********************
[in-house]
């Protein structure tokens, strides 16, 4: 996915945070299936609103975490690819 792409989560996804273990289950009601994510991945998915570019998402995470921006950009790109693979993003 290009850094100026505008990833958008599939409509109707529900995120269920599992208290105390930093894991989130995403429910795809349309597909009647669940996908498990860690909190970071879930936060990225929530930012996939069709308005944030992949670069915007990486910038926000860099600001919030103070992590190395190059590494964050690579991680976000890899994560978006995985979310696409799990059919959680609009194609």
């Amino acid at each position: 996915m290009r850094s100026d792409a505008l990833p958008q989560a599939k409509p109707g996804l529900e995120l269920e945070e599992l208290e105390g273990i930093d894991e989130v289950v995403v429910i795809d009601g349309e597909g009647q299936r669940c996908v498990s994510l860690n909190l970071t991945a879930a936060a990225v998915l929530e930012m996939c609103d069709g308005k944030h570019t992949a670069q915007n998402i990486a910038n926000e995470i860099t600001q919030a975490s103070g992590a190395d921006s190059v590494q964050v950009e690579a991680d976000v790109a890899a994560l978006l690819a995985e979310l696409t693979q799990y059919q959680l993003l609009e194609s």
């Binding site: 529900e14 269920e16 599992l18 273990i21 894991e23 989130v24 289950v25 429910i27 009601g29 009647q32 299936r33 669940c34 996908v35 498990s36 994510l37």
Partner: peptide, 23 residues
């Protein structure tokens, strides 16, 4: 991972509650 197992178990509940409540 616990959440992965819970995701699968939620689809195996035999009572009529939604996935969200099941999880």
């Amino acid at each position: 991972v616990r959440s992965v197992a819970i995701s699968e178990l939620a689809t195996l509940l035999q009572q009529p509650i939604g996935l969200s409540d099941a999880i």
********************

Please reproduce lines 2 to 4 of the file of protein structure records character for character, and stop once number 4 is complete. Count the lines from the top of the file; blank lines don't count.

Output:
């Protein structure tokens, strides 16, 4: 996915945070299936609103975490690819 792409989560996804273990289950009601994510991945998915570019998402995470921006950009790109693979993003 290009850094100026505008990833958008599939409509109707529900995120269920599992208290105390930093894991989130995403429910795809349309597909009647669940996908498990860690909190970071879930936060990225929530930012996939069709308005944030992949670069915007990486910038926000860099600001919030103070992590190395190059590494964050690579991680976000890899994560978006995985979310696409799990059919959680609009194609």
């Amino acid at each position: 996915m290009r850094s100026d792409a505008l990833p958008q989560a599939k409509p109707g996804l529900e995120l269920e945070e599992l208290e105390g273990i930093d894991e989130v289950v995403v429910i795809d009601g349309e597909g009647q299936r669940c996908v498990s994510l860690n909190l970071t991945a879930a936060a990225v998915l929530e930012m996939c609103d069709g308005k944030h570019t992949a670069q915007n998402i990486a910038n926000e995470i860099t600001q919030a975490s103070g992590a190395d921006s190059v590494q964050v950009e690579a991680d976000v790109a890899a994560l978006l690819a995985e979310l696409t693979q799990y059919q959680l993003l609009e194609s």
């Binding site: 529900e14 269920e16 599992l18 273990i21 894991e23 989130v24 289950v25 429910i27 009601g29 009647q32 299936r33 669940c34 996908v35 498990s36 994510l37």